Steven D. and Heidi O. ShumwayDemocratic Republic of the Congo Mbuji-Mayi MissionBrother Shumway is a stake missionary preparation teacher and a former stake president, bishop, bishopric counselor, ward Young Men president, and missionary in the Pennsylvania Philadelphia Mission. He was born in Springerville, Arizona, to Wilford Douglas Shumway and Dixie Ann Jarvis Shumway.Brother Andrews is a stake president and a former high councilor, bishop, bishopric counselor, temple ordinance worker, ward Young Men president, and missionary in the Venezuela Caracas East/Barcelona Mission. He was born in Tampa, Florida, to James Hoyt Andrews Sr. and Evelyn Estelle Andrews.Brother McKinnon is a stake presidency counselor and a former bishop, stake executive secretary, bishopric counselor, elders quorum president, Young Men adviser, and missionary in the México México City South Mission. He was born in Phoenix, Arizona, to John Gordon McKinnon and Lois Ann Boyer Lynn McKinnon.Sister McKinnon is a Sunday School teacher and ward music director and a former stake Young Women presidency counselor, ward Relief Society and Young Women president, and ward missionary. She was born in Salt Lake City to Larry Max Jenson and Sharlene Cutler Jenson.The following new mission presidents and their wives have been called by the First Presidency. They will begin their service in July of 2019, with the exception of the Parkers who will begin serving in April. Biographies of other mission presidency couples will be published throughout 2019 on news.lds.org. (See other published biographies.)
Edgar Hinostroza Cordova and Rocio Trujillo de HinostrozaSister Hinostroza is a Primary teacher and a former stake Relief Society and Young Women presidency counselor and ward Relief Society, Young Women, and Primary president. She was born in Lima, Peru, to Cirilo Trujillo Saenz and Luz Aurora Vincente Herencia.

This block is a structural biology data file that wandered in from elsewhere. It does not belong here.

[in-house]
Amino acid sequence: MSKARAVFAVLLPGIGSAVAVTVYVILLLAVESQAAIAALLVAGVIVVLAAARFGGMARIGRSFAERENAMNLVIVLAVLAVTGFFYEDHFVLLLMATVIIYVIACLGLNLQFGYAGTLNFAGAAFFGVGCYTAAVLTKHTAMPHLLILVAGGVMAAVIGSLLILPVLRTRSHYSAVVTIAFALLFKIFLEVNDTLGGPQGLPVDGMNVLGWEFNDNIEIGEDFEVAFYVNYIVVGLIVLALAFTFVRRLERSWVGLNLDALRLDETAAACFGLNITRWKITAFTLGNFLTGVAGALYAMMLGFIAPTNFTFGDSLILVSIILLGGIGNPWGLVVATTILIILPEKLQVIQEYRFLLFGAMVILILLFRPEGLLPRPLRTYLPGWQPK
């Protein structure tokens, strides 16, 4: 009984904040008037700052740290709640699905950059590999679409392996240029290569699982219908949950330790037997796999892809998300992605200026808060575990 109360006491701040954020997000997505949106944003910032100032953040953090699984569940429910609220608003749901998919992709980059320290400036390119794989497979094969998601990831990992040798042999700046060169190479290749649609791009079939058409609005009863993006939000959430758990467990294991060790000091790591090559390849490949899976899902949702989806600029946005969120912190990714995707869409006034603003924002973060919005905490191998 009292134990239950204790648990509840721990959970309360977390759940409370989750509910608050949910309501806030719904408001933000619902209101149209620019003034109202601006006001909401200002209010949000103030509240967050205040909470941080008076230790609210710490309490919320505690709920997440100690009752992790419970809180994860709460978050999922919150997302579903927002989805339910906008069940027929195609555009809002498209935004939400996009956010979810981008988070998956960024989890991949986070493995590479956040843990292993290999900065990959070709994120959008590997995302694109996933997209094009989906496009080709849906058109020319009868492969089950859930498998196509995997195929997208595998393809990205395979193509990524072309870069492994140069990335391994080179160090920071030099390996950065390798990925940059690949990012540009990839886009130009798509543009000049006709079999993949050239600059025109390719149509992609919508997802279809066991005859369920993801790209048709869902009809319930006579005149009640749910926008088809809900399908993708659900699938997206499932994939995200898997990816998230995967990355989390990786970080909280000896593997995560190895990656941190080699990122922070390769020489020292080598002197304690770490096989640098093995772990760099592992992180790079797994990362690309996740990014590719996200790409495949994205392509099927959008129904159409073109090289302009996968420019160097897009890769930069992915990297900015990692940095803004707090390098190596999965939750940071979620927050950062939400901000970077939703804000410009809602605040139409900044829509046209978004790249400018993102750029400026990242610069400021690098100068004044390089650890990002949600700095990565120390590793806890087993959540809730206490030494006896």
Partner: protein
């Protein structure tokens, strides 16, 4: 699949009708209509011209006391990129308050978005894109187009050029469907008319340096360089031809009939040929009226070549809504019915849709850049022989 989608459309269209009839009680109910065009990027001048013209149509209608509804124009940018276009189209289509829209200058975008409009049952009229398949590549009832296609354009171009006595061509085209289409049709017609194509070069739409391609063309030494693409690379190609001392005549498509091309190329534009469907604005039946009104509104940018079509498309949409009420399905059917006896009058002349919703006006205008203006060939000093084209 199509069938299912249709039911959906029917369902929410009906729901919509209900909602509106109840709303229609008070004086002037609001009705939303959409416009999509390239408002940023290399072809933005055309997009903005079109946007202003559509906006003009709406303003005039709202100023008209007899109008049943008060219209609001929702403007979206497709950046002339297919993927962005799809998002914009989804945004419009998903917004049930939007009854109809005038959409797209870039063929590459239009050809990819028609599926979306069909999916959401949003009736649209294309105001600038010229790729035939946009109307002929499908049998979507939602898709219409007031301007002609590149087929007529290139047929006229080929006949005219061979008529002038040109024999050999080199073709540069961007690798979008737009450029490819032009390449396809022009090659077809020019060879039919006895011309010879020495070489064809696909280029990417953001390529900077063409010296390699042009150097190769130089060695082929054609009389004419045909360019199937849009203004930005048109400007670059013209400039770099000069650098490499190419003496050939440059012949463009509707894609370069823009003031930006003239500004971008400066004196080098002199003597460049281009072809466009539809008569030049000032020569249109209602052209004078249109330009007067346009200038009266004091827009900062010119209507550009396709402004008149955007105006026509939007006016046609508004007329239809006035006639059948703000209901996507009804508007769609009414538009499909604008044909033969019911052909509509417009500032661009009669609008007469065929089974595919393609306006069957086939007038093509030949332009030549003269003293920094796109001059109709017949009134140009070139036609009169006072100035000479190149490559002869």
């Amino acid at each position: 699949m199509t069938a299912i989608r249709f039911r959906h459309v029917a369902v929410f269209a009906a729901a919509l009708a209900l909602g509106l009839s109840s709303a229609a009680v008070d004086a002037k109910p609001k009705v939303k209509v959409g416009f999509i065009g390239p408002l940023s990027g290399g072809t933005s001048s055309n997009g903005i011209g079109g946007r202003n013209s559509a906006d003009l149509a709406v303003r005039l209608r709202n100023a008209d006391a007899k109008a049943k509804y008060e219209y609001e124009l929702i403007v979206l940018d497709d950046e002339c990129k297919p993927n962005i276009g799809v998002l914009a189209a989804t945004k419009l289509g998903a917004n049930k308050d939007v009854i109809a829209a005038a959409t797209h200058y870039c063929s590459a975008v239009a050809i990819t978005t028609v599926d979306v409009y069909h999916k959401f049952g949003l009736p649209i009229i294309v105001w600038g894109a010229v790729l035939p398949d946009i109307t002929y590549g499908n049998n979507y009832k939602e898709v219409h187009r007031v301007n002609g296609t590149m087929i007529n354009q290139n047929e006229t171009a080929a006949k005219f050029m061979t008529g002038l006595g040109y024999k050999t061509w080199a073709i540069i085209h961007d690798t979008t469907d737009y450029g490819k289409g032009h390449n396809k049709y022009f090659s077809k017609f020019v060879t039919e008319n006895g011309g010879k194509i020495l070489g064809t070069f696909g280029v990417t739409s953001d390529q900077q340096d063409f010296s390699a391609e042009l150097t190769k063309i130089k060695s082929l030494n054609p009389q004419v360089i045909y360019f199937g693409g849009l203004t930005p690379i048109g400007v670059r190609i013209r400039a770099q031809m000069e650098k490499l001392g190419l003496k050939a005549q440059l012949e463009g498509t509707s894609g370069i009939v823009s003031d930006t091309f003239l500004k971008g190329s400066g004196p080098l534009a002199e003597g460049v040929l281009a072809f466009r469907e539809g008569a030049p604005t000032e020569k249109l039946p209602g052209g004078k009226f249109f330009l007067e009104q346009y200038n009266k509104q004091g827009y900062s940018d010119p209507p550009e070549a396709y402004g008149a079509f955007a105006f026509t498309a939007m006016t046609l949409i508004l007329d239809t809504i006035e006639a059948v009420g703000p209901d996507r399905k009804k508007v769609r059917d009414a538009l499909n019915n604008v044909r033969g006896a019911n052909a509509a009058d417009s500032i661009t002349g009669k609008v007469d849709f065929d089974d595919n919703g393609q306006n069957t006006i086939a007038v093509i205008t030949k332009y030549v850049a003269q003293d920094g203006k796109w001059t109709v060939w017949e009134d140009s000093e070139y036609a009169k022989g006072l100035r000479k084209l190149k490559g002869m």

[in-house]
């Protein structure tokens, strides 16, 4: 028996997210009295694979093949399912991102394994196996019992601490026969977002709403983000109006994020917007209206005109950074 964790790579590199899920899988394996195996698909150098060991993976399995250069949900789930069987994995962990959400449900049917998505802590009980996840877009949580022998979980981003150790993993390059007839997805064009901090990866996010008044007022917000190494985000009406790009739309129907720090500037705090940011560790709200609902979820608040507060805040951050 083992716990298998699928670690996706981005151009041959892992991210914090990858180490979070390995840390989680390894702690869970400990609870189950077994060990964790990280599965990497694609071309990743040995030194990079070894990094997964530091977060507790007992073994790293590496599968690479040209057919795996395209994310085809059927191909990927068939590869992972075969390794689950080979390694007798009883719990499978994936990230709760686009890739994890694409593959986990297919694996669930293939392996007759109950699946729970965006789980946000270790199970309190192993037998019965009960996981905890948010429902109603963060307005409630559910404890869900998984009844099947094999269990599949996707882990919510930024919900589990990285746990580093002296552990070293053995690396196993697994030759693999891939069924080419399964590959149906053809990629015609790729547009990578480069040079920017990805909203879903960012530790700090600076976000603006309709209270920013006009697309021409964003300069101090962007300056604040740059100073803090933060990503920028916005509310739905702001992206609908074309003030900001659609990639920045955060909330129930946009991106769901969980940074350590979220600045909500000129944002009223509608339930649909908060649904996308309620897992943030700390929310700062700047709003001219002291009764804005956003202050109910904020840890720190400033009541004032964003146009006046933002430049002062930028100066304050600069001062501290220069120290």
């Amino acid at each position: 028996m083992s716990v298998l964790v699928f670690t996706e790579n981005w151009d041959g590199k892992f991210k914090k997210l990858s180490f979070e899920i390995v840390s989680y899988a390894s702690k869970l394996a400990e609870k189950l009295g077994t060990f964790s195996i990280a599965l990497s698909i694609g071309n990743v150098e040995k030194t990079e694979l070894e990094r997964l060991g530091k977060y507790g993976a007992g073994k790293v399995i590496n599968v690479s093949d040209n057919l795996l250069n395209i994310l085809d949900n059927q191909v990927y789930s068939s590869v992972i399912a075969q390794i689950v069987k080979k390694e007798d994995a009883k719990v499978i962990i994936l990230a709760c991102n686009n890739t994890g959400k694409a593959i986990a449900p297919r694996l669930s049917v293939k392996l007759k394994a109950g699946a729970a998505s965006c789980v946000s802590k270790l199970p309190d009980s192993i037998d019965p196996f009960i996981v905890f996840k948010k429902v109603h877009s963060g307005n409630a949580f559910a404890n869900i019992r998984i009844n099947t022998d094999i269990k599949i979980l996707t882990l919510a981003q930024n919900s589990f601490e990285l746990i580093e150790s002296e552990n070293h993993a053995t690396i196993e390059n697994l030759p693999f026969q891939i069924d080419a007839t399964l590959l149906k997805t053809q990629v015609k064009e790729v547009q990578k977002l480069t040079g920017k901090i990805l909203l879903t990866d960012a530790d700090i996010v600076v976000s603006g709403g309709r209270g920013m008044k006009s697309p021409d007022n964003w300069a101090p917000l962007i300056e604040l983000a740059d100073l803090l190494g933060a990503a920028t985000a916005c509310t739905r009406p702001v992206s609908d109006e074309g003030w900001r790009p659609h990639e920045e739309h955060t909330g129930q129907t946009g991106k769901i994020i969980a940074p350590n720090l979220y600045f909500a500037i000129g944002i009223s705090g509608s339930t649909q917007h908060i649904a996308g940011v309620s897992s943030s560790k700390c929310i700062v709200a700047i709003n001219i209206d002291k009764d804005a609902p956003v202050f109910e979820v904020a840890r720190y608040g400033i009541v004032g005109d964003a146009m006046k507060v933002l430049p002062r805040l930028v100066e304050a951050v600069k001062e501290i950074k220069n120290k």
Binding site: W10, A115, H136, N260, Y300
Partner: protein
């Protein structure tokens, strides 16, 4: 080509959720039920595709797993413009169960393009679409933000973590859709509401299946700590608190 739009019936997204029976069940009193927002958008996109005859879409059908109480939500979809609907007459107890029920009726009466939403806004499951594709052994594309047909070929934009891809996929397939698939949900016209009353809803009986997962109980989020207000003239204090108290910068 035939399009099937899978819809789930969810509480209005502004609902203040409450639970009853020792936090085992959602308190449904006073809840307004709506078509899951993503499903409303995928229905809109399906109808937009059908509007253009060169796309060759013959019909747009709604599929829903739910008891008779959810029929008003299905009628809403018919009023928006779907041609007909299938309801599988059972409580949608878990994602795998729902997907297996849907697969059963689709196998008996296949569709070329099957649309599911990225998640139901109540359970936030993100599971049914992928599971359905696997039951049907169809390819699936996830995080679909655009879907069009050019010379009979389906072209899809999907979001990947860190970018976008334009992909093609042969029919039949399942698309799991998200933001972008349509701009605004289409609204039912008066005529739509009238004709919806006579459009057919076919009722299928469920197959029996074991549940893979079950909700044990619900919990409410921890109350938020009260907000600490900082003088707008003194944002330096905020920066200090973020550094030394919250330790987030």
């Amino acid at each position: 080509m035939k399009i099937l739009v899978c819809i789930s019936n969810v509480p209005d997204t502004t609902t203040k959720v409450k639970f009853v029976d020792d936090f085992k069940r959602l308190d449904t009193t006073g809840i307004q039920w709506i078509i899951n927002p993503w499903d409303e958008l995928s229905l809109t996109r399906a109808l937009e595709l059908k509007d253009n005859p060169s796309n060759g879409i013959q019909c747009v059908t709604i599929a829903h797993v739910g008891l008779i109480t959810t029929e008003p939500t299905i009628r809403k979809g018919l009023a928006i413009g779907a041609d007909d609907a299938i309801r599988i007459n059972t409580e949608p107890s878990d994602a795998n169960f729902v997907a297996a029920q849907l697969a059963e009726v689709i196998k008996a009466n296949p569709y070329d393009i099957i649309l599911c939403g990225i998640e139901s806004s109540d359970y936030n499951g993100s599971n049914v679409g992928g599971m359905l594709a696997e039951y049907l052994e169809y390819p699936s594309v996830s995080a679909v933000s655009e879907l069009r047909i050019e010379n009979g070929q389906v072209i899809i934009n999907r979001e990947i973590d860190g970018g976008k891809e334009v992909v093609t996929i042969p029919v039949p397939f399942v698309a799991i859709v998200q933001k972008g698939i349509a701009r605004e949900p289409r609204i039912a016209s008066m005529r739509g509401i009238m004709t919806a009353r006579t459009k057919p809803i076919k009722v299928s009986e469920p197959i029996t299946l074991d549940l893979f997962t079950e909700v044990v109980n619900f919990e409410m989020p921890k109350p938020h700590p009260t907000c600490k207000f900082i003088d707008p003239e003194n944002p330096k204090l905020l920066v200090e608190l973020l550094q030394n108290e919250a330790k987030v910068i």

Martin J. and Louise L. NygaardBrother Camejo is a bishop and a former stake presidency counselor, mission presidency counselor, high councilor, bishopric counselor, and missionary in the Argentina Rosario Mission. He was born in Lanus, Buenos Aires, Argentina, to Julio Eliseo Camejo and Josefa Corso de Camejo.Perú Trujillo North MissionBrother Loureiro is a branch presidency counselor and a former Area Seventy, stake president, stake presidency counselor, high councilor, bishop, Brazil MTC branch president, and missionary in the Brazil Recife Mission. He was born in São Paulo, Brazil, to Mauro Rodrigues Loureiro and Thereza Pacheco Da Costa.Brazil Juiz de Fora MissionBrother Nygaard is a former high councilor, bishop, Young Men special needs Mutual adviser, Primary music leader, elders quorum presidency counselor, and missionary in the Indonesia Jakarta Mission. He was born in Salt Lake City to Richard Olaf Nygaard and Ellen Jackson Nygaard.
Adrián J. and Laura V. CamejoSister Mitchell is a Primary music leader and a former ward Relief Society and Young Women presidency counselor, Primary teacher, Relief Society teacher, and missionary in the Ukraine Donetsk Mission. She was born in Provo, Utah, to Carl William Bacon II and Christine Pyper Bacon.
W. Jean-Pierre and Angel LonoGuatemala Retalhuleu MissionEdgar Hinostroza Cordova, 47, and Rocio Trujillo de Hinostroza, three children, Valdivieso Ward, Lima Perú Condevilla Stake: Perú Trujillo North Mission, succeeding President William L. Marble and Sister Sandra Marble. Argentina Comodoro Rivadavia MissionBrazil Ribeirão Preto Mission